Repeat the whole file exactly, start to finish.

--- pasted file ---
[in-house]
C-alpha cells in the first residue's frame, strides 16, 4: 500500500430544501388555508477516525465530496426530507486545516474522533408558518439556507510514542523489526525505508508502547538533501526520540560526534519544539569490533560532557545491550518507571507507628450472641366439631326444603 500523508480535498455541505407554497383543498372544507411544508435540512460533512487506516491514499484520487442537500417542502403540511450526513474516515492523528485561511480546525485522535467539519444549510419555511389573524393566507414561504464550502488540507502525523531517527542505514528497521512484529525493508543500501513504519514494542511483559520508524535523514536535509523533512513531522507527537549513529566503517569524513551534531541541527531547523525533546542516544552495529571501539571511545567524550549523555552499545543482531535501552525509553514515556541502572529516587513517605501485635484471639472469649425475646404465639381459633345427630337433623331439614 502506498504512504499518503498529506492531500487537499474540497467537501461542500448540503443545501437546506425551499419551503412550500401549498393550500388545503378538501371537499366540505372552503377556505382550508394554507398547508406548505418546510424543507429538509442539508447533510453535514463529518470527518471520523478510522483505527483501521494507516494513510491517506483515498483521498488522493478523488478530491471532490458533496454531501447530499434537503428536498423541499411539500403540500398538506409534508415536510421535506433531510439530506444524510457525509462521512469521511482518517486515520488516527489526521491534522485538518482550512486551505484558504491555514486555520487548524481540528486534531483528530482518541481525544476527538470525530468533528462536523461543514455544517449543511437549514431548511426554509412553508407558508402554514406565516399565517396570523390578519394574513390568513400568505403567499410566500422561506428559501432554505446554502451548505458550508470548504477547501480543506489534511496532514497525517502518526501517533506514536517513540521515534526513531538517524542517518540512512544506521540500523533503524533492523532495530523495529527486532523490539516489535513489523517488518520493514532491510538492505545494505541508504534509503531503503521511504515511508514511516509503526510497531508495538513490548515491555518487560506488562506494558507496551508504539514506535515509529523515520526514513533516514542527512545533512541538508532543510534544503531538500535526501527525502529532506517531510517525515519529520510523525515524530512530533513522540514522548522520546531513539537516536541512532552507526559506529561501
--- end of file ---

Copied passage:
[in-house]
C-alpha cells in the first residue's frame, strides 16, 4: 500500500430544501388555508477516525465530496426530507486545516474522533408558518439556507510514542523489526525505508508502547538533501526520540560526534519544539569490533560532557545491550518507571507507628450472641366439631326444603 500523508480535498455541505407554497383543498372544507411544508435540512460533512487506516491514499484520487442537500417542502403540511450526513474516515492523528485561511480546525485522535467539519444549510419555511389573524393566507414561504464550502488540507502525523531517527542505514528497521512484529525493508543500501513504519514494542511483559520508524535523514536535509523533512513531522507527537549513529566503517569524513551534531541541527531547523525533546542516544552495529571501539571511545567524550549523555552499545543482531535501552525509553514515556541502572529516587513517605501485635484471639472469649425475646404465639381459633345427630337433623331439614 502506498504512504499518503498529506492531500487537499474540497467537501461542500448540503443545501437546506425551499419551503412550500401549498393550500388545503378538501371537499366540505372552503377556505382550508394554507398547508406548505418546510424543507429538509442539508447533510453535514463529518470527518471520523478510522483505527483501521494507516494513510491517506483515498483521498488522493478523488478530491471532490458533496454531501447530499434537503428536498423541499411539500403540500398538506409534508415536510421535506433531510439530506444524510457525509462521512469521511482518517486515520488516527489526521491534522485538518482550512486551505484558504491555514486555520487548524481540528486534531483528530482518541481525544476527538470525530468533528462536523461543514455544517449543511437549514431548511426554509412553508407558508402554514406565516399565517396570523390578519394574513390568513400568505403567499410566500422561506428559501432554505446554502451548505458550508470548504477547501480543506489534511496532514497525517502518526501517533506514536517513540521515534526513531538517524542517518540512512544506521540500523533503524533492523532495530523495529527486532523490539516489535513489523517488518520493514532491510538492505545494505541508504534509503531503503521511504515511508514511516509503526510497531508495538513490548515491555518487560506488562506494558507496551508504539514506535515509529523515520526514513533516514542527512545533512541538508532543510534544503531538500535526501527525502529532506517531510517525515519529520510523525515524530512530533513522540514522548522520546531513539537516536541512532552507526559506529561501